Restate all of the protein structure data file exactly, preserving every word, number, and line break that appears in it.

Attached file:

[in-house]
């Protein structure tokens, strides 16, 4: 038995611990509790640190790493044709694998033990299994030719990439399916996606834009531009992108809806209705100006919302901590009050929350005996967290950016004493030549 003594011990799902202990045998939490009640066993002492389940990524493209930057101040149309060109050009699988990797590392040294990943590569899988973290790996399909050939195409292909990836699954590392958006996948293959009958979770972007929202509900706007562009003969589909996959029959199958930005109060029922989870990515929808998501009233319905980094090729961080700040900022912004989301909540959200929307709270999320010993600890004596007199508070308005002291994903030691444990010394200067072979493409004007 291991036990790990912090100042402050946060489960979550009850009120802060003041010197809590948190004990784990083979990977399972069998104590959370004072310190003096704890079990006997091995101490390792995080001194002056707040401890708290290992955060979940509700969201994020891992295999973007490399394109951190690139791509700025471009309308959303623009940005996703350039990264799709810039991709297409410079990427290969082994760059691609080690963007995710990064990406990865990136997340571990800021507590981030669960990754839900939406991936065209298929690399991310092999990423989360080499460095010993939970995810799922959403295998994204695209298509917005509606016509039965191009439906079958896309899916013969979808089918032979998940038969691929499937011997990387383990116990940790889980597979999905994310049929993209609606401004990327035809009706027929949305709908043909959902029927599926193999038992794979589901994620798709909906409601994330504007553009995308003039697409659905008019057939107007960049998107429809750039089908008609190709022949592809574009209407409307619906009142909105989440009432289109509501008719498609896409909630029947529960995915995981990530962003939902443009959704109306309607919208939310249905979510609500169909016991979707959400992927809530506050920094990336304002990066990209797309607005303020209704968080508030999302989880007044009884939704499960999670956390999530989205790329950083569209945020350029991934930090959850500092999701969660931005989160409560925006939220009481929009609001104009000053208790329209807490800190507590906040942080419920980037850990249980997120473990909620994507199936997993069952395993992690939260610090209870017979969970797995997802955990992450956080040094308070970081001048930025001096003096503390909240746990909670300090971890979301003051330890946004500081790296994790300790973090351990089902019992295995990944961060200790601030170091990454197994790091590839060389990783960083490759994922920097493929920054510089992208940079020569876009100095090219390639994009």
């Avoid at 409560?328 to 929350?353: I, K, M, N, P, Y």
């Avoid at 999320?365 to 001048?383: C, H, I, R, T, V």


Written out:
[in-house]
């Protein structure tokens, strides 16, 4: 038995611990509790640190790493044709694998033990299994030719990439399916996606834009531009992108809806209705100006919302901590009050929350005996967290950016004493030549 003594011990799902202990045998939490009640066993002492389940990524493209930057101040149309060109050009699988990797590392040294990943590569899988973290790996399909050939195409292909990836699954590392958006996948293959009958979770972007929202509900706007562009003969589909996959029959199958930005109060029922989870990515929808998501009233319905980094090729961080700040900022912004989301909540959200929307709270999320010993600890004596007199508070308005002291994903030691444990010394200067072979493409004007 291991036990790990912090100042402050946060489960979550009850009120802060003041010197809590948190004990784990083979990977399972069998104590959370004072310190003096704890079990006997091995101490390792995080001194002056707040401890708290290992955060979940509700969201994020891992295999973007490399394109951190690139791509700025471009309308959303623009940005996703350039990264799709810039991709297409410079990427290969082994760059691609080690963007995710990064990406990865990136997340571990800021507590981030669960990754839900939406991936065209298929690399991310092999990423989360080499460095010993939970995810799922959403295998994204695209298509917005509606016509039965191009439906079958896309899916013969979808089918032979998940038969691929499937011997990387383990116990940790889980597979999905994310049929993209609606401004990327035809009706027929949305709908043909959902029927599926193999038992794979589901994620798709909906409601994330504007553009995308003039697409659905008019057939107007960049998107429809750039089908008609190709022949592809574009209407409307619906009142909105989440009432289109509501008719498609896409909630029947529960995915995981990530962003939902443009959704109306309607919208939310249905979510609500169909016991979707959400992927809530506050920094990336304002990066990209797309607005303020209704968080508030999302989880007044009884939704499960999670956390999530989205790329950083569209945020350029991934930090959850500092999701969660931005989160409560925006939220009481929009609001104009000053208790329209807490800190507590906040942080419920980037850990249980997120473990909620994507199936997993069952395993992690939260610090209870017979969970797995997802955990992450956080040094308070970081001048930025001096003096503390909240746990909670300090971890979301003051330890946004500081790296994790300790973090351990089902019992295995990944961060200790601030170091990454197994790091590839060389990783960083490759994922920097493929920054510089992208940079020569876009100095090219390639994009």
């Avoid at 409560?328 to 929350?353: I, K, M, N, P, Y």
């Avoid at 999320?365 to 001048?383: C, H, I, R, T, V």